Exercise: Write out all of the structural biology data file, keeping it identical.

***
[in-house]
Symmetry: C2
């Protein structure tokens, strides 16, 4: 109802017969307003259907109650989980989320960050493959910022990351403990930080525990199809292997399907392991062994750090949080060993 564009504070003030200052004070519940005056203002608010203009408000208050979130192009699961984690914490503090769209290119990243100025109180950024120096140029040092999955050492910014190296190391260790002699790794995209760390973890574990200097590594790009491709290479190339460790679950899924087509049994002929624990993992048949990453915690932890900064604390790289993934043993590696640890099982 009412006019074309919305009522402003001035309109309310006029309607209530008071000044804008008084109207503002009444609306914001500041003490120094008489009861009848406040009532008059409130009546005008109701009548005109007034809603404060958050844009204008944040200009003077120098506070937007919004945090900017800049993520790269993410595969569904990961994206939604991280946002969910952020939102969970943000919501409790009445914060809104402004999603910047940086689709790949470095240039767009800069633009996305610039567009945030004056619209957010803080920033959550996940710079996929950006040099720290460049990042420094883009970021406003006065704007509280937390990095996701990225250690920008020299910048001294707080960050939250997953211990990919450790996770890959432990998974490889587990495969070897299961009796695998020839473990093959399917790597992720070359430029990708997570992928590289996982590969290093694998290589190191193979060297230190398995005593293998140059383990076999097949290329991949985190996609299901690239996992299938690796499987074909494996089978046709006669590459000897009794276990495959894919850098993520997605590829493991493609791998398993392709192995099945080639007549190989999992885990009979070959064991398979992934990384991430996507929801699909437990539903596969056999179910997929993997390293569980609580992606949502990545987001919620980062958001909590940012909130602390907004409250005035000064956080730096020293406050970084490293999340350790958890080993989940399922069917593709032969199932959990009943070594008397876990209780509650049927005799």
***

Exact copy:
[in-house]
Symmetry: C2
């Protein structure tokens, strides 16, 4: 109802017969307003259907109650989980989320960050493959910022990351403990930080525990199809292997399907392991062994750090949080060993 564009504070003030200052004070519940005056203002608010203009408000208050979130192009699961984690914490503090769209290119990243100025109180950024120096140029040092999955050492910014190296190391260790002699790794995209760390973890574990200097590594790009491709290479190339460790679950899924087509049994002929624990993992048949990453915690932890900064604390790289993934043993590696640890099982 009412006019074309919305009522402003001035309109309310006029309607209530008071000044804008008084109207503002009444609306914001500041003490120094008489009861009848406040009532008059409130009546005008109701009548005109007034809603404060958050844009204008944040200009003077120098506070937007919004945090900017800049993520790269993410595969569904990961994206939604991280946002969910952020939102969970943000919501409790009445914060809104402004999603910047940086689709790949470095240039767009800069633009996305610039567009945030004056619209957010803080920033959550996940710079996929950006040099720290460049990042420094883009970021406003006065704007509280937390990095996701990225250690920008020299910048001294707080960050939250997953211990990919450790996770890959432990998974490889587990495969070897299961009796695998020839473990093959399917790597992720070359430029990708997570992928590289996982590969290093694998290589190191193979060297230190398995005593293998140059383990076999097949290329991949985190996609299901690239996992299938690796499987074909494996089978046709006669590459000897009794276990495959894919850098993520997605590829493991493609791998398993392709192995099945080639007549190989999992885990009979070959064991398979992934990384991430996507929801699909437990539903596969056999179910997929993997390293569980609580992606949502990545987001919620980062958001909590940012909130602390907004409250005035000064956080730096020293406050970084490293999340350790958890080993989940399922069917593709032969199932959990009943070594008397876990209780509650049927005799």